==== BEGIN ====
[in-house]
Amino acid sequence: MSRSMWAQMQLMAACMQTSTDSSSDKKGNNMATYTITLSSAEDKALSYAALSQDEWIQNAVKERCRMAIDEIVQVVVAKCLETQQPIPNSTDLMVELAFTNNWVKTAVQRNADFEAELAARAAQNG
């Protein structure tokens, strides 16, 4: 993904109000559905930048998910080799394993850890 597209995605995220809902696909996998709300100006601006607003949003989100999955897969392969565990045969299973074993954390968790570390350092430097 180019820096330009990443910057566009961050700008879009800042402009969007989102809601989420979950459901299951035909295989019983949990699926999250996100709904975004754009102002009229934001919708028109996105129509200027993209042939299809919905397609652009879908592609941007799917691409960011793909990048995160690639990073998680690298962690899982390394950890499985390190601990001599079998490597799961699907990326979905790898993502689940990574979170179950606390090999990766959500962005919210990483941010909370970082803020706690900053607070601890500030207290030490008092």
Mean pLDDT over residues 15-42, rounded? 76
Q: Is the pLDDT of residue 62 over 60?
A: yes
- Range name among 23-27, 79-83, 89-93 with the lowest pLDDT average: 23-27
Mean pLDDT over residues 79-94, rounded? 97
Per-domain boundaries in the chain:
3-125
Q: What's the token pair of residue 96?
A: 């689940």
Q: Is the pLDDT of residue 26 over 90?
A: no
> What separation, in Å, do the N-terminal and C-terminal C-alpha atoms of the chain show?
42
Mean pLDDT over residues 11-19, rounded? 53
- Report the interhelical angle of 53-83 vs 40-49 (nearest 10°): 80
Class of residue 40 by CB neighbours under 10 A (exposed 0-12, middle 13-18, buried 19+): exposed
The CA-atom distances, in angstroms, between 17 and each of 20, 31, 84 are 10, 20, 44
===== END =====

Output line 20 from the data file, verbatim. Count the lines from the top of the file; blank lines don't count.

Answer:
The CA-atom distances, in angstroms, between 17 and each of 20, 31, 84 are 10, 20, 44